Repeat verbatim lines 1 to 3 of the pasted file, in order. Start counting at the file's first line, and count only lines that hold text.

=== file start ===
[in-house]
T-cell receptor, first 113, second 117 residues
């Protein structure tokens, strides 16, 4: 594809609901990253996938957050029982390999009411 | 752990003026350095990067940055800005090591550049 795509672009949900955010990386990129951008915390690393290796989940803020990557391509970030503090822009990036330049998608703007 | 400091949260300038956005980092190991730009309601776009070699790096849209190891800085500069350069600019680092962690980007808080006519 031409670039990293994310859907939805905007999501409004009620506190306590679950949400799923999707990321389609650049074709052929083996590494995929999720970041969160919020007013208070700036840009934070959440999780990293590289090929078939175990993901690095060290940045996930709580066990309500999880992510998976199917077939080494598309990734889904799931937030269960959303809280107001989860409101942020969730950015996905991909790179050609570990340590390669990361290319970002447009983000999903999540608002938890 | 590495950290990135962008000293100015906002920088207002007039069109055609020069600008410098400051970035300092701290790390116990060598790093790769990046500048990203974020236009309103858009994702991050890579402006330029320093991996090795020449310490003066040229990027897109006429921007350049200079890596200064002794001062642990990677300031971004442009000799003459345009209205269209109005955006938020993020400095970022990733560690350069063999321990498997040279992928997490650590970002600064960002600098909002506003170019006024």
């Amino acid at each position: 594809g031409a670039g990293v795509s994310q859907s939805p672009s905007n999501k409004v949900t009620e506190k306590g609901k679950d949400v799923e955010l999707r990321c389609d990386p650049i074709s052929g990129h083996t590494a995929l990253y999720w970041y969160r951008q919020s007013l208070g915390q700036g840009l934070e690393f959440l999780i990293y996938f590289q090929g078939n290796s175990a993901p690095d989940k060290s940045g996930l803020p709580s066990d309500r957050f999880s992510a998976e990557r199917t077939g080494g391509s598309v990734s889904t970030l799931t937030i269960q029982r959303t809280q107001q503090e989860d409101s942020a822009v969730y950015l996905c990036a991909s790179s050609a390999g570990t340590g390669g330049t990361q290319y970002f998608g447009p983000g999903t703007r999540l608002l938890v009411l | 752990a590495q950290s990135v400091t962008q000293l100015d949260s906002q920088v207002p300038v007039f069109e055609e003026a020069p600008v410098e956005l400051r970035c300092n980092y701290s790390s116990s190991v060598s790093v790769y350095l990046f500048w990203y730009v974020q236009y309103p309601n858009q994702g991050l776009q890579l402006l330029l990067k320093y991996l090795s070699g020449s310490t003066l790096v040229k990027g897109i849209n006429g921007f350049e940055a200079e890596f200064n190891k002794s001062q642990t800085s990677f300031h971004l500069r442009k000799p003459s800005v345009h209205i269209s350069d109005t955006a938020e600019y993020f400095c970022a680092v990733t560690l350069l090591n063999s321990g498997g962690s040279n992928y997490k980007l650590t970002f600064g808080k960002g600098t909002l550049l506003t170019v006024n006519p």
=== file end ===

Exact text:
[in-house]
T-cell receptor, first 113, second 117 residues
């Protein structure tokens, strides 16, 4: 594809609901990253996938957050029982390999009411 | 752990003026350095990067940055800005090591550049 795509672009949900955010990386990129951008915390690393290796989940803020990557391509970030503090822009990036330049998608703007 | 400091949260300038956005980092190991730009309601776009070699790096849209190891800085500069350069600019680092962690980007808080006519 031409670039990293994310859907939805905007999501409004009620506190306590679950949400799923999707990321389609650049074709052929083996590494995929999720970041969160919020007013208070700036840009934070959440999780990293590289090929078939175990993901690095060290940045996930709580066990309500999880992510998976199917077939080494598309990734889904799931937030269960959303809280107001989860409101942020969730950015996905991909790179050609570990340590390669990361290319970002447009983000999903999540608002938890 | 590495950290990135962008000293100015906002920088207002007039069109055609020069600008410098400051970035300092701290790390116990060598790093790769990046500048990203974020236009309103858009994702991050890579402006330029320093991996090795020449310490003066040229990027897109006429921007350049200079890596200064002794001062642990990677300031971004442009000799003459345009209205269209109005955006938020993020400095970022990733560690350069063999321990498997040279992928997490650590970002600064960002600098909002506003170019006024």